The Unknown Contradiction of Women

The passage I am choosing to analyze is a rather long one. Since there were no breaks in the paragraph, this passage starts on the bottom half of page 207 and takes up most of page 208, and is captivating throughout. This passage was so attractive to me because the narrator sets up everything by asking several general rhetorical questions, but then goes on an unexpected rant about the power of women and why calling them the weaker sex is “to utter a hideous mockery” (208). The language used to describe the complexity and ambiguity of women is very gothic and dramatic throughout. While the narrator is quoted saying “I hate women” at one point, there is also a deep adoration and sense of bewilderment declaring that women are the “more self-assertive sex”, they are the “Cleopatras and Joan of Arcs”, but most importantly, they are “never lazy” compared to many men (208). The connection between the text’s form and content is an important one because the author uses a more passionate and direct tone of voice to explain women’s capabilities to the reader, but also conflicted these praises at the same time. This passage is entirely contradictory because while the content is mostly commendations and praises of women and wives, the underlying theme and the ultimate message of this whole section is that women commonly cause destruction and devastation with this ability. The narrator uses George as a direct example, and how marrying his wife tarnished his relationship with his father, then the death of that wife left him utterly depressed, and lastly how he was never seen alive after going to a women’s house. All things related to women. I believe this whole incompatible passage isn’t about George, his disappearance, Clara Talboys, or even women in general, rather It is about Lady Audley and her complex personality. The anonymous author doesn’t help with this claim, but we have seen both Robert and George’s obsession with Lady Audley and how she harmonizes with this argument of having great power, beauty, intelligence, but also has the capability of such evil, dark and devious deeds such as murder.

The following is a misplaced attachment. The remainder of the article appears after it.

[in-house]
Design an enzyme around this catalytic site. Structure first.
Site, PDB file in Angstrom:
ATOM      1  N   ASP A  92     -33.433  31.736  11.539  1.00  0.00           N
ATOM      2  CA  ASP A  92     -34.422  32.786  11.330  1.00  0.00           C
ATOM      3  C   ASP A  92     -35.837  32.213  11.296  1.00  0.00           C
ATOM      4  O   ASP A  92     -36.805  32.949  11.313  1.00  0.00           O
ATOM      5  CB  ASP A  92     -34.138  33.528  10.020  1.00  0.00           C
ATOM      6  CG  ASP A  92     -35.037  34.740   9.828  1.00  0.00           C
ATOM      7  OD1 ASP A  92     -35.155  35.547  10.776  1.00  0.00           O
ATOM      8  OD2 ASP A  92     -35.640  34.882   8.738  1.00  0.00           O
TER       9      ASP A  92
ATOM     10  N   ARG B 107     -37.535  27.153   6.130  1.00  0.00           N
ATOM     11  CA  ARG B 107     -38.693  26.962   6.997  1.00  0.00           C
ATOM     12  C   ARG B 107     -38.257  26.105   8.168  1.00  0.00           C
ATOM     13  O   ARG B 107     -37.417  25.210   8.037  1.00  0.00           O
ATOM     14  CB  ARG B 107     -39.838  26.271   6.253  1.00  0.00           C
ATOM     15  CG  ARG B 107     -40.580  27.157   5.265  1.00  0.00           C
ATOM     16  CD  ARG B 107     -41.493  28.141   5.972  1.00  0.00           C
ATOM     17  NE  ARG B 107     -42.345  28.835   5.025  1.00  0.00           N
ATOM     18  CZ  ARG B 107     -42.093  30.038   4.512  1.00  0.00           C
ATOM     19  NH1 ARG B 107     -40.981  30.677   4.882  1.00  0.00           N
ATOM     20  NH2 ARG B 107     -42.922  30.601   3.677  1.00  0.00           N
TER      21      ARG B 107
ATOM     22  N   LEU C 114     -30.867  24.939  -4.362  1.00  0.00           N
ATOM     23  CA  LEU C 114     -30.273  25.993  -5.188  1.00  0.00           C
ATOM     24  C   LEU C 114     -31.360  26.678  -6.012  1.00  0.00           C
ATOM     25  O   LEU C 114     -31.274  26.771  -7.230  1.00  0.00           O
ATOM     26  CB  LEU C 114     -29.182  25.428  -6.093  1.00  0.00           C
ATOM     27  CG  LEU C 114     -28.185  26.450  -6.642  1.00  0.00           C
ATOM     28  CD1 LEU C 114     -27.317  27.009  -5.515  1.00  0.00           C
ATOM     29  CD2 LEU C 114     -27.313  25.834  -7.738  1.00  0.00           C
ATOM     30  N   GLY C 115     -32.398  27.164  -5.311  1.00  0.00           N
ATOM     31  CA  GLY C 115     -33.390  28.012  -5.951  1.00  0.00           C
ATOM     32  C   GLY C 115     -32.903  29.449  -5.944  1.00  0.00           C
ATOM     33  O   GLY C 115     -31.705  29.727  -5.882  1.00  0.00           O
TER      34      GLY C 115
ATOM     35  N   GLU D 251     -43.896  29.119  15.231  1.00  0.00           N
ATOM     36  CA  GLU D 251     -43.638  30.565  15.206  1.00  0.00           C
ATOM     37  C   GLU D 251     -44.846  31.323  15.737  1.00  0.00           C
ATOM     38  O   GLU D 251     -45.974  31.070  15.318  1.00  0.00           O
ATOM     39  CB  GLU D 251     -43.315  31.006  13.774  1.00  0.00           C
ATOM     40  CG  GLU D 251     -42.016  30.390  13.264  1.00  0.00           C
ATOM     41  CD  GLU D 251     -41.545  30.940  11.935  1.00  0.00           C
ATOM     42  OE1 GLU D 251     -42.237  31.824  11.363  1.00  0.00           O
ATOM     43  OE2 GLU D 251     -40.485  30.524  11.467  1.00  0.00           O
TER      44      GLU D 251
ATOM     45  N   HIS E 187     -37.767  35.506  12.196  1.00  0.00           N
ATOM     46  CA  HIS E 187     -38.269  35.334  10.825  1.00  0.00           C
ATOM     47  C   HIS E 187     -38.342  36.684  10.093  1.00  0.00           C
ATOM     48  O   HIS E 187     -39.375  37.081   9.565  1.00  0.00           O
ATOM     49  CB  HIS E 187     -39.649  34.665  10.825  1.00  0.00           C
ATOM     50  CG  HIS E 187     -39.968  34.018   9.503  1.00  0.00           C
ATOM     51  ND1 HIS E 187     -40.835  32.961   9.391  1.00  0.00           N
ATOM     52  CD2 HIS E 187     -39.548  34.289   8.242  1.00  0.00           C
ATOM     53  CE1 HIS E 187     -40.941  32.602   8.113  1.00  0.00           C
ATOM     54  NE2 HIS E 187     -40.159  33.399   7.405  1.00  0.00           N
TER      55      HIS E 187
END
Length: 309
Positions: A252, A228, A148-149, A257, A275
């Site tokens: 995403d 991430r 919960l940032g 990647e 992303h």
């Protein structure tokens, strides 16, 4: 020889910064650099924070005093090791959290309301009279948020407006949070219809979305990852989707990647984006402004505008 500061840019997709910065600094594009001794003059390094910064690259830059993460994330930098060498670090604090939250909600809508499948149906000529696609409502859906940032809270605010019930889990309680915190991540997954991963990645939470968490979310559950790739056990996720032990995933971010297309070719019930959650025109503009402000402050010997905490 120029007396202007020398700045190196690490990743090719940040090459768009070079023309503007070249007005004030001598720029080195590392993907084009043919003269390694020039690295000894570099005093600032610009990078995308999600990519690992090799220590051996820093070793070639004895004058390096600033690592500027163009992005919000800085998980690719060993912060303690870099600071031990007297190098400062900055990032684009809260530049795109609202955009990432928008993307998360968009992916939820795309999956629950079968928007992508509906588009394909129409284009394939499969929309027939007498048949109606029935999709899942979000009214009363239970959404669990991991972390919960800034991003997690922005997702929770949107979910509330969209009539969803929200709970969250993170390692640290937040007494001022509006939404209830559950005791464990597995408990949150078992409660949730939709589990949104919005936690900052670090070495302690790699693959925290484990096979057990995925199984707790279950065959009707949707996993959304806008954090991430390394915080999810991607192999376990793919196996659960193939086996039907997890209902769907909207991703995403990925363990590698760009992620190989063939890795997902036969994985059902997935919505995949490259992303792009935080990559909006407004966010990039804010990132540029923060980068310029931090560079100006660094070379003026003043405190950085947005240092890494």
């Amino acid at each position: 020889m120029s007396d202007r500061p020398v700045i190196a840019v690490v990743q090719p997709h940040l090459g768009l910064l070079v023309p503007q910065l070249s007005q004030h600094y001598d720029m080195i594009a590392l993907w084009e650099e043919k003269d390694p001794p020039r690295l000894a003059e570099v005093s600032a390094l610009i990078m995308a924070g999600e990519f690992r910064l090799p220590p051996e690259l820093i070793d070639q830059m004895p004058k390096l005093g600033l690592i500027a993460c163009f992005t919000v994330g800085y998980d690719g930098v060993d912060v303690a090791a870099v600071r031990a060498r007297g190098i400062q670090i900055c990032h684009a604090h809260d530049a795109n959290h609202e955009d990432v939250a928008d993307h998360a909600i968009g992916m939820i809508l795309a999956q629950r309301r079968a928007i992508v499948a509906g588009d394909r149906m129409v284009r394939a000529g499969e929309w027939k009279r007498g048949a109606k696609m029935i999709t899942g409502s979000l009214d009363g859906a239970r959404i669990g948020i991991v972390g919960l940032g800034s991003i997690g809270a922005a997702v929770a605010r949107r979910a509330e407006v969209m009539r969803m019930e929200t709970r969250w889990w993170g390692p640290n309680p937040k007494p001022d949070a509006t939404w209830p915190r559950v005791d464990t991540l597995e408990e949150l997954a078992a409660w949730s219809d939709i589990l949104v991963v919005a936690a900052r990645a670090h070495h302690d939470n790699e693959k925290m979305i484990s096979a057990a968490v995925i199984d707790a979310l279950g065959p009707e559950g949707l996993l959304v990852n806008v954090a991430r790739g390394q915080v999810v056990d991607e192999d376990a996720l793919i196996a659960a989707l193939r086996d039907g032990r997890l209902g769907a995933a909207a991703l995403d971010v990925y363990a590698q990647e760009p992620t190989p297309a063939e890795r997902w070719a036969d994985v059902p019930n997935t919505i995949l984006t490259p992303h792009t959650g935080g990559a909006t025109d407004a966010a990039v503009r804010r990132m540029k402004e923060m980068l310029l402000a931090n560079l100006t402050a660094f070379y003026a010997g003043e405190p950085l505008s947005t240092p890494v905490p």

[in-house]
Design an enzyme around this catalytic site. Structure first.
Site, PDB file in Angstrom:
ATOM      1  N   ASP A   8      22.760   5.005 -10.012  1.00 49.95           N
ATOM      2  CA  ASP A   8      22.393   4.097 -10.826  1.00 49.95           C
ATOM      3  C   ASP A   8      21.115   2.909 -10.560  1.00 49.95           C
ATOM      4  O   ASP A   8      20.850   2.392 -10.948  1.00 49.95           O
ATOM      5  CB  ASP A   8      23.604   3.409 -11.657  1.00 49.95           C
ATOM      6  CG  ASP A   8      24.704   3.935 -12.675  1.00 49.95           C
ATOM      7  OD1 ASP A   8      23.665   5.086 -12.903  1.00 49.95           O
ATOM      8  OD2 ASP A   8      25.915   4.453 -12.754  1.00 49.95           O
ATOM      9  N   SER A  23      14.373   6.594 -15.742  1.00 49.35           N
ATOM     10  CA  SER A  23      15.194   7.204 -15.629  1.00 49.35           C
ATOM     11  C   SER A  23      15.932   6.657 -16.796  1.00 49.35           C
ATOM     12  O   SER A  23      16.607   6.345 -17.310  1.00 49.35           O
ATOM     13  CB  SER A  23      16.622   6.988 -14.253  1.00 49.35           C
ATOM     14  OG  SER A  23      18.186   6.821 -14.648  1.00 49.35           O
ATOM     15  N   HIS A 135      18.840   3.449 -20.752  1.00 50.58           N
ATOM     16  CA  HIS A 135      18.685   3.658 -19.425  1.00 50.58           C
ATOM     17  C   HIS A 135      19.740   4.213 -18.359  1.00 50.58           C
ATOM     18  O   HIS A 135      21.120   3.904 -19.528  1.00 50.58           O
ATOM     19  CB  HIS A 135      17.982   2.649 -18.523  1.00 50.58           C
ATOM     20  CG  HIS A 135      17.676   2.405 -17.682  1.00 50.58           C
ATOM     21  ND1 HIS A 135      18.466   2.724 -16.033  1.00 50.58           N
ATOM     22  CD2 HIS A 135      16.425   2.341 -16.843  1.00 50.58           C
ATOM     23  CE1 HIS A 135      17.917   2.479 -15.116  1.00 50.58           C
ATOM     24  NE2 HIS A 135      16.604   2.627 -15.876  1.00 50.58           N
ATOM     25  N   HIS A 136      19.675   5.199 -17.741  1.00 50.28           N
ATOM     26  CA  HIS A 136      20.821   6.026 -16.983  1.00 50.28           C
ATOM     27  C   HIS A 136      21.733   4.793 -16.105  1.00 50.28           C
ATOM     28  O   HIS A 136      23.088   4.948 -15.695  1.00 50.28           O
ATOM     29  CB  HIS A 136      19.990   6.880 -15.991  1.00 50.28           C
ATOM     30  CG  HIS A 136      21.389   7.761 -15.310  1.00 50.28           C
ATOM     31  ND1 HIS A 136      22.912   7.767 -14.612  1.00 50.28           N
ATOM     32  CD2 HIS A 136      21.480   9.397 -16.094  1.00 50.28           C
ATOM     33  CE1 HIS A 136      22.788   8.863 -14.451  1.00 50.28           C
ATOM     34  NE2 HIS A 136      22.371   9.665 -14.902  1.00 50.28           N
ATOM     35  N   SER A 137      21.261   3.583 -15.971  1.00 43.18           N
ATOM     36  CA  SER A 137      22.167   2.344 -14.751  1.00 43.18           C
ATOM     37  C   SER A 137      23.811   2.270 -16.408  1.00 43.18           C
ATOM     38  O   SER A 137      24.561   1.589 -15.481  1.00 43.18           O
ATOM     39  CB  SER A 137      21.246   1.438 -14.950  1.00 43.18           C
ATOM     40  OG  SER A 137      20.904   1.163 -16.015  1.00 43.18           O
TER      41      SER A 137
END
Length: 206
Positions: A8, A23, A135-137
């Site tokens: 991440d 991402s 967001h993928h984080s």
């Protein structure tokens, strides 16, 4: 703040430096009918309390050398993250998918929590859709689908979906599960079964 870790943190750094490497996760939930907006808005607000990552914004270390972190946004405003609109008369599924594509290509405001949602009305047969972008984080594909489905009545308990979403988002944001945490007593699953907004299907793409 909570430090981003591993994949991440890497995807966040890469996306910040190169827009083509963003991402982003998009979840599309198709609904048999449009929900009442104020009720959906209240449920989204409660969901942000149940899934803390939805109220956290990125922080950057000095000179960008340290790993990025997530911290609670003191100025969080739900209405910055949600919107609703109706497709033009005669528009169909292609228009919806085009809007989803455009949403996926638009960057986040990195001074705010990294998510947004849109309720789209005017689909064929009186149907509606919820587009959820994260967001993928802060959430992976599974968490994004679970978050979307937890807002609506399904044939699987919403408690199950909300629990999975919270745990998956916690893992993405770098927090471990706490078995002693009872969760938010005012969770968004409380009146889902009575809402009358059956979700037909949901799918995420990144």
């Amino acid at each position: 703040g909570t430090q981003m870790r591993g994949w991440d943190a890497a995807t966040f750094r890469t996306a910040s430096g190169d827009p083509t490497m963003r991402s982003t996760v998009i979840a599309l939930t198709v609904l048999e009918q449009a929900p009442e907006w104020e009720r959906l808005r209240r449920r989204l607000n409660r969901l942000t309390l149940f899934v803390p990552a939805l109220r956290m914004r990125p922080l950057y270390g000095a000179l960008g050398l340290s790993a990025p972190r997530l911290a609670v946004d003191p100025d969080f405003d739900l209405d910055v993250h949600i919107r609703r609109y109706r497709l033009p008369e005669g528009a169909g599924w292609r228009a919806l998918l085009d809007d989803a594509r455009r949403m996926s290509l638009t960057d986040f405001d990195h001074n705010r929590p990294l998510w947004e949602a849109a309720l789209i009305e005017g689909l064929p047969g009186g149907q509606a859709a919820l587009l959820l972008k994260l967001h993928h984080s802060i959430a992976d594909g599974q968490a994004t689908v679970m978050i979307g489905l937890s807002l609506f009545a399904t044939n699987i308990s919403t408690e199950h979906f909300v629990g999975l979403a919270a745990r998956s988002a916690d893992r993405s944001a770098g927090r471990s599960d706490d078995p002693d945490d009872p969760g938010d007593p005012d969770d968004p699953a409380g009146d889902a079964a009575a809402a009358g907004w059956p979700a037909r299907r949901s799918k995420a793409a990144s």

Women's Fashions of the Late Victorian Era – 5-Minute History

“What a fool!”

This passage from page 22 of the text includes George Talbot on the ship back to London, talking to a lady named Miss Morley. George is furious, passionate, and full of emotion because of Miss Morley talking about how she doubts whether her husband is still well. She also questions George’s laid back state of mind and confidence that nothing has gone wrong after three years. Although, it does not take long for George to change his mind completely and start to lose composure, sanity, and freak out to some degree. He screams and remarks at “what a fool” he is for paying attention to these thoughts, but also asks “why do you come and terrify me out of my senses” which shows that his mind is spoiled and he is no longer as hopeful about his wife being healthy and well (22).

This passage seems to be a turning point for George and for the novel, as dark ideas and thoughts have now entered the story and have become a reality. this passage also signifies a deeper layer of sadness and emotion when George starts to express his deep love for his wife. He said, “I am going straight home to the girl whose heart is as true as the light of heaven” (22). His references to heaven and a later reference to “tomorrow’s sunrise” in this passage touches also offers another connection to religion and nature. This language used by the author is expressed to display a strong sense of affection and confidence by George, but in reality, he is experiencing doubts and worries behind his words due to Miss Morley’s influence.

(George Talboys from Play ^)